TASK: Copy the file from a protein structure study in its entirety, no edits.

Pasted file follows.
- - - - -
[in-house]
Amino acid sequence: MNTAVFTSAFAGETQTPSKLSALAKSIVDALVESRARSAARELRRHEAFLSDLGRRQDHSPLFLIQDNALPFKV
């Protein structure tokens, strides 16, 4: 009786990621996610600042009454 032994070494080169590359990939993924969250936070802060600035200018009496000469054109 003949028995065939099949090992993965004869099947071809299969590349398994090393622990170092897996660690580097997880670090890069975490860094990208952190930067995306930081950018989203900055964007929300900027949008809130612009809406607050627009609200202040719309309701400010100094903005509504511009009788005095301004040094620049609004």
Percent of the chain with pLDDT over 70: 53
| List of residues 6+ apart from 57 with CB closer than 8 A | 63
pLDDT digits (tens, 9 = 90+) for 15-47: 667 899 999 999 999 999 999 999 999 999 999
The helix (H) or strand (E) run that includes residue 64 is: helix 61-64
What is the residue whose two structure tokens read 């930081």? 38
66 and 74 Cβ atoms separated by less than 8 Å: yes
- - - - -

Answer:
[in-house]
Amino acid sequence: MNTAVFTSAFAGETQTPSKLSALAKSIVDALVESRARSAARELRRHEAFLSDLGRRQDHSPLFLIQDNALPFKV
């Protein structure tokens, strides 16, 4: 009786990621996610600042009454 032994070494080169590359990939993924969250936070802060600035200018009496000469054109 003949028995065939099949090992993965004869099947071809299969590349398994090393622990170092897996660690580097997880670090890069975490860094990208952190930067995306930081950018989203900055964007929300900027949008809130612009809406607050627009609200202040719309309701400010100094903005509504511009009788005095301004040094620049609004």
Percent of the chain with pLDDT over 70: 53
| List of residues 6+ apart from 57 with CB closer than 8 A | 63
pLDDT digits (tens, 9 = 90+) for 15-47: 667 899 999 999 999 999 999 999 999 999 999
The helix (H) or strand (E) run that includes residue 64 is: helix 61-64
What is the residue whose two structure tokens read 């930081």? 38
66 and 74 Cβ atoms separated by less than 8 Å: yes